American Public Power Association's overhead distribution systems coures will be presented Feb. 19-22 at the Hyatt Place Hotel in Orlando, Florida.

Overhead distribution continues to be the predominant method that electric utilities use to deliver electricity to end-use customers. Even though underground distribution is required in some situations and preferred for its “out-of-sight” aesthetics, it is often impractical in both new installations and replacements because of its higher initial cost. For as long as overhead distribution has been around, there are many engineers, designers, lineworkers, and technicians who have only a limited understanding of the planning, design, installation, and maintenance principles that drive today's overhead distribution practices. In a time of increasing concern for economics and service reliability, it is essential to gain a full understanding of these principles before attempting to change or improve current practices.

Even if your knowledge of overhead distribution is limited, this course will help prepare you to update your utility's standards, make better design decisions, reduce construction costs, and enhance both safety and service reliability. An important element of this course is coverage of provisions in the new 2007 National Electrical Safety Code (NESC) that affect overhead lines.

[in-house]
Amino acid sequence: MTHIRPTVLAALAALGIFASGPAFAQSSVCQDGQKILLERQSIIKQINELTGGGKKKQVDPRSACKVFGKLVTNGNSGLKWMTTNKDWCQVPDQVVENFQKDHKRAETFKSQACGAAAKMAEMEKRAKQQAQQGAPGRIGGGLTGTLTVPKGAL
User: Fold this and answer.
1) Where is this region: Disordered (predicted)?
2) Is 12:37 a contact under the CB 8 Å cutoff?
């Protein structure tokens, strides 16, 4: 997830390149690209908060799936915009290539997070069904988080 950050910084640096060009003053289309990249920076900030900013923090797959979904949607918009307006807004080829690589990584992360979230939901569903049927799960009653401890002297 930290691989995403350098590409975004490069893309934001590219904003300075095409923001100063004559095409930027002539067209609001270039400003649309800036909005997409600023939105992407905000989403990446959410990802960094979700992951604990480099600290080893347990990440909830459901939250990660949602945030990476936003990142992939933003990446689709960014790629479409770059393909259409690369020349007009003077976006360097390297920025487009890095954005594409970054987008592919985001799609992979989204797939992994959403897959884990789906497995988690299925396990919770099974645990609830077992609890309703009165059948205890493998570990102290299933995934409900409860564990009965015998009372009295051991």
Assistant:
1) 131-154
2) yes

The course will also feature a half-day field trip hosted by a local public power utility. The field trip is expected to include the observation of a variety of overhead line construction types, construction equipment, materials and supplies handling, work management, engineering design and mapping processes, and system operations.

  • Advantages and disadvantages of overhead distribution
  • Design criteria and regulatory requirements for overhead lines
  • National Electrical Safety Code requirements for overhead distribution lines (general requirements, clearances, and structural requirements based on the 2007 NESC)
  • Key structural and electrical components of overhead distribution lines
  • How to select an appropriate overhead line conductor for the application (electrical characteristics, mechanical characteristics, and economics)
  • How to properly design and install an overhead distribution line conductor (sag and tension)
  • Functions and types of overhead distribution line structures
  • How to properly design and install distribution line structures
  • Purposes of grounding and proper methods for grounding overhead distribution systems
  • Insulation and insulation coordination on overhead lines
  • Lightning protection and proper application of lightning arresters on overhead lines and equipment
  • Accepted standards and practices for inspection, testing, and maintenance of overhead distribution line conductors, components, and structures (including NESC and OSHA requirements)